What Do You See?

Look at the cover of this issue of our journal and answer the question that titles this essay with a single word. Was the single word that you thought of the word mountain? Was the word beautiful? Was the word limestone? Was the word bird? Was the word grouse? In reality, all of those words apply. Some of our readers will be wondering where the grouse (which is a bird) is in the picture. Look carefully on the ground to the right and you can see the bird sitting on the edge of the rock cliff, waiting to see if I was going to move one more inch toward it The picture was taken in Montana at a place called Storm Castle Mountain near Bozeman. I was on a geology field trip, and we were climbing the face of an ancient reef made of rock, and I was the first person to reach the top. A good friend of mine named Will Roberts was right behind me. I froze when I saw the grouse and took this picture and Will nearly ran over me. "What are you stopping for?" he said; "We're almost to the top." "Look up there and tell me what you see," I countered. "I see fossilized coral?' Will replied. "What else?" I asked. " bunch of pelecypods?' Will answered. "No, not the rocks," I replied-"something else." Will looked at the beautiful view and the mountain range in the distance and said, "O.K, so there's more Montana mountain grandeur. I still don't think it is nearly as pretty as..." About that time, the grouse took off with a sound that was not only loud, but appeared to be coming right at us. We both ducked as the bird flew away from us into the beautiful sunlit day that we were enjoying.

A long discussion developed from that experience. Why was it that Will was seeing only fossils and rocks, which is what we had climbed up the mountain to see while I saw sky, birds, and everything else? The answer is that he was a better student than I was. He was focused on what we were supposed to be doing and was paying attention to what we were supposed to be understanding. I am always looking for the unusual and more bizarre kinds of things in life and rarely stay with one thing long enough to get into the nit-picky details about how it works. Will is an artist; I am a teacher of teen-agers. Will deals with things that require detail and careful examination; I deal with erratic groups of students who want constant change and newness in everything they see. We are different in many ways, so we see things differently even when we look at the same thing. I see things that Will misses, and Will sees things that I miss.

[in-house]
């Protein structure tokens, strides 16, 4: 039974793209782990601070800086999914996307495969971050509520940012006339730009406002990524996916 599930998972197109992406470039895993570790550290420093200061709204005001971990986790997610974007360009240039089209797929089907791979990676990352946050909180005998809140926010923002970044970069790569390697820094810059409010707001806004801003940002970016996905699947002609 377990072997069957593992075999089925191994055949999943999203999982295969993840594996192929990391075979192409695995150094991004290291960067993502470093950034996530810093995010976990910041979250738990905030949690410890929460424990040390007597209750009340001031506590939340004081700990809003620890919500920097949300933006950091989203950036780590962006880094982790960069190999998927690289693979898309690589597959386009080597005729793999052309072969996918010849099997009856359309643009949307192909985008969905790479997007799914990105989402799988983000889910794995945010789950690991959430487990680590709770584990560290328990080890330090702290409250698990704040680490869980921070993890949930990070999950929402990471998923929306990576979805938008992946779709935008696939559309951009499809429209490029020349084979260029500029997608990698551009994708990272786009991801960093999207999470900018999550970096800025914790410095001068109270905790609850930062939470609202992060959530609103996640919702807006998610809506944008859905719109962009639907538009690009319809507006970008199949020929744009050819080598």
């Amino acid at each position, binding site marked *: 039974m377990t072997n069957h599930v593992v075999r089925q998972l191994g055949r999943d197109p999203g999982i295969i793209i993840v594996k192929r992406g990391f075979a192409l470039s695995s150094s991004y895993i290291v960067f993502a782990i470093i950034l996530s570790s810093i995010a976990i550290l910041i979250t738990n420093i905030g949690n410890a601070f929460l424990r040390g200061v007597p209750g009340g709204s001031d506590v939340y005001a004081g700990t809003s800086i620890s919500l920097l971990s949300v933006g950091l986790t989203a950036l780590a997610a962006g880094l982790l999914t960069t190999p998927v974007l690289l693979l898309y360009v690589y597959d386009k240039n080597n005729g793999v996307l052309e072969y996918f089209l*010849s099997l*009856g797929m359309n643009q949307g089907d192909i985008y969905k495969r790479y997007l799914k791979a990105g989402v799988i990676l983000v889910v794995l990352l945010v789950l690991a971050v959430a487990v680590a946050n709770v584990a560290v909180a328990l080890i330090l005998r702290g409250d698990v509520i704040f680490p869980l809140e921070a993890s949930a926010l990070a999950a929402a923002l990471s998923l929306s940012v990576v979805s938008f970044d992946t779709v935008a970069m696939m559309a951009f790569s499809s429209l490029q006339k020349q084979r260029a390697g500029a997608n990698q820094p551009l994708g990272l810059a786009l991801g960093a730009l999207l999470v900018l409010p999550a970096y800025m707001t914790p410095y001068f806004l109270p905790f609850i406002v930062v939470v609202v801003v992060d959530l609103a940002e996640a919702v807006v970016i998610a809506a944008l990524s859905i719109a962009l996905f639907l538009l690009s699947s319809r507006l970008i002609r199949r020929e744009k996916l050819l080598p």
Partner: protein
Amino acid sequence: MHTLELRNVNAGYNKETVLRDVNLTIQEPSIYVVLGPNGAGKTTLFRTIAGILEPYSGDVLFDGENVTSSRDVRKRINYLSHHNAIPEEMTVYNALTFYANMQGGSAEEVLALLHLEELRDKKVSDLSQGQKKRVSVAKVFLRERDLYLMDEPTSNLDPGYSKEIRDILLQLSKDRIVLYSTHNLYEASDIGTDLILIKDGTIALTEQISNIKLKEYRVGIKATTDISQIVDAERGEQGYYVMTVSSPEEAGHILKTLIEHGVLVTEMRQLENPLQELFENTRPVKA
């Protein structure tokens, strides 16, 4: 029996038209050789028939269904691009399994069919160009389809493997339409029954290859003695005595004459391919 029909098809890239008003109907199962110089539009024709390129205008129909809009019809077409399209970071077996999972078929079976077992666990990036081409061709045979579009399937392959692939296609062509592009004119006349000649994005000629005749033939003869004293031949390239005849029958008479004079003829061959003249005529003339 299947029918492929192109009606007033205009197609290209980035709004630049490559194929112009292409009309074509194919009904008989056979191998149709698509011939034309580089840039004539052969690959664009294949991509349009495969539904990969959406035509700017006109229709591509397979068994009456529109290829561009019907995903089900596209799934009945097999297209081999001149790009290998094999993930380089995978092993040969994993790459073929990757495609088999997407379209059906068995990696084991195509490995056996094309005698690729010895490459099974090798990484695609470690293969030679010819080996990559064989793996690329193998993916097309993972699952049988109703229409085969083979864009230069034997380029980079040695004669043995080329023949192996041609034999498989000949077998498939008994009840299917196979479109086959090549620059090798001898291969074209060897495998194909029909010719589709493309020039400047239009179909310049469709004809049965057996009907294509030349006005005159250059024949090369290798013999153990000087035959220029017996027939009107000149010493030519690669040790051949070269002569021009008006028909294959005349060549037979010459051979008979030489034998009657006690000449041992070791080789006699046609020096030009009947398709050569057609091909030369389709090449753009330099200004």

I would suggest to you that the same thing happens when we read the Bible. You and I can read the same passage of Scripture, and while we both will get the basic thrust of what the passage is saying, we will not necessarily see the same applications or the same implications. The problem is not in the passage any more than the problem was in the grouse. It is the duty of the observer to work at refining his or her observational and cognitive skills to gain the maximum advantage out of what they are reading or observing.

I am always amazed at the incredible range of understandings that you hear coming from people as they read the Genesis account. I have had literary friends who have described what a beautiful piece of literature this is. I have had friends trained in anthropology talk about what a striking contrast there is between this approach and other ancient discussions of creation. I have had theologically-trained people talk about what a unique spiritual approach the book conveys. I have had atheist friends who attack the material as a demonstration of ancient superstition and myth. I personally see the passage as incredibly accurate in what scientific detail it presents, but I am frustrated by what it does not attempt to explain. All of these approaches are a reflection of the experience of the person doing the interpreting. All of them have at least some areas where understanding is lost by the bias of the person doing the interpreting.

The school system in which I teach is immersed in an attempt to promote diversity within the teaching and student populations. Over the past several years, teachers have been put through numerous workshops to help us understand how the social and ethnic backgrounds of our students impact their abilities to function in the school and how learning styles vary with culture and experience. Those of us who have been teaching for a long time (37 years in my case) already are keenly aware of this. When you have a class made up of Afro-Americans, Asian-Americans, Hispanic-Americans, and large Polish-, Hungarian-, Romanian-, and Greek-American populations, you find that not all kids learn in the sane way or at the same rate. It is important to listen to the kids and find out what they say, believe, feel, and understand about an experience or discussion. I have frequently come to understand a concept better by carefully trying to understand how my students or even fellow-teachers interpret things.

I have had same extremists in both the atheist and in the religious camp proudly state that they have never changed their views or understandings of anything--apparently believing that this is a demonstration that they have the truth. Many times in the Bible, great religious leaders came to a better understanding by their interaction with others. The classic example of this is seen in Acts 18:24-28 where a man was preaching the baptism of John instead of the baptism for the remission of sins. The Bible says that "they took him unto them, and expounded unto him the way of God more perfectly" (verse 26). Understand that your beliefs are frequently influenced by parents, ministers, schooling, and countless other influences. We will never understand "the way of God more perfectly" if we do not ask, "What do I see" with all teachings from the Word of God.

                            John N. Clayton
Back to Contents Does God Exist?, January/February 1996